In addition to a lifetime of memories, the Van Soye’s trek produced a library of 60 four-page education modules for teachers available as supplements to existing classroom materials.
Also, their Trekking the Planet website contains free articles, quizzes, more than 70 documentary videos and a summary infographic: “Trekking The Planet: By The Numbers.“
So is that the end of the road for this couple? Hardly.
Driven by the fact that nearly a third of U.S. young adults cannot locate the Pacific Ocean on a map, Trekking the Planet hopes to help educators change these statistics with future geography-oriented projects.
Hola and buenos tardes from sunny and warm Cabo San Lucas, Mexico, “Hotel News We Noted” readers. This week, as always, we round up the best, the worst and the most interesting news in the hotel industry, tracking resort openings, pampering packages and other reportings from our travels.
Stay tuned next week for a special edition, including a full recap of our Cabo exploration. We welcome your feedback and comments, so feel free to shoot us an email or leave a note below with ideas and thoughts.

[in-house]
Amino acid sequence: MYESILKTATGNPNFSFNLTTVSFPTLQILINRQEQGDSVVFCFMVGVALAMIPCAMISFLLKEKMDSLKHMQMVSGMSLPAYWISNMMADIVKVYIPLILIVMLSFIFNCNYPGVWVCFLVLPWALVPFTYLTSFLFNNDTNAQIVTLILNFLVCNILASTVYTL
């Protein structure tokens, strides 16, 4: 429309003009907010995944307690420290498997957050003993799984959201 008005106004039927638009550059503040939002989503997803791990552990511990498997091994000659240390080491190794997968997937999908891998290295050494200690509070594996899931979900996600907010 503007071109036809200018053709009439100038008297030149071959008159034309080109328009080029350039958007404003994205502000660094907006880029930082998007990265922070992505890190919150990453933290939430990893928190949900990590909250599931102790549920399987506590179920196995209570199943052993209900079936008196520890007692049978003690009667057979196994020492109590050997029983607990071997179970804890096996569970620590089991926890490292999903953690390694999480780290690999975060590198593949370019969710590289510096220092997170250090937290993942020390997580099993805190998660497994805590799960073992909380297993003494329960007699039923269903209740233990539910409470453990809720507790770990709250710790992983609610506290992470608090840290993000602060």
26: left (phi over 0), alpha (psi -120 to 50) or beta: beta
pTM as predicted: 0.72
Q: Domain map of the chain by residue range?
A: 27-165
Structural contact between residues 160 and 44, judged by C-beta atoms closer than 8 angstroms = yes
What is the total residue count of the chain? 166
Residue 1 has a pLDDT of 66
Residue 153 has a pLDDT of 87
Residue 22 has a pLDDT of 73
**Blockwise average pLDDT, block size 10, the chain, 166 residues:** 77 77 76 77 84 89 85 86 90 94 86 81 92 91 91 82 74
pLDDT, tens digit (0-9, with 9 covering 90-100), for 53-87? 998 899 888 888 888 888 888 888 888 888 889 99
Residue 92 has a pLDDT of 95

Hotel Wi-Fi: IHG Announces Free Global Wi-Fi for Travelers … An Innovative or a “Finally, What Took You So Long” Moment?
Late last month, InterContinental Hotels Group announced that they were offering free Wi-Fi to all loyalty members worldwide, regardless of whether or not a guest was staying at the hotel. The announcement bandied about terms like “first in the hotel industry.” We wanted to do some digging before reporting this to you. The statement was bold, and in some respects, it’s true. When we asked, IHG told us the following:
While some of our competitors do offer free Internet in some of their hotels or in some regions, IHG is the first and only global hotel group to offer free Internet to all of our loyalty program members in all hotels, regardless of whether they are staying with us, conducting a business meeting with colleagues, or simply stopping in for coffee. In other words, our IHG Rewards Club, as the program will be named come July, members do not have to be staying in the hotel to take advantage of free Internet access.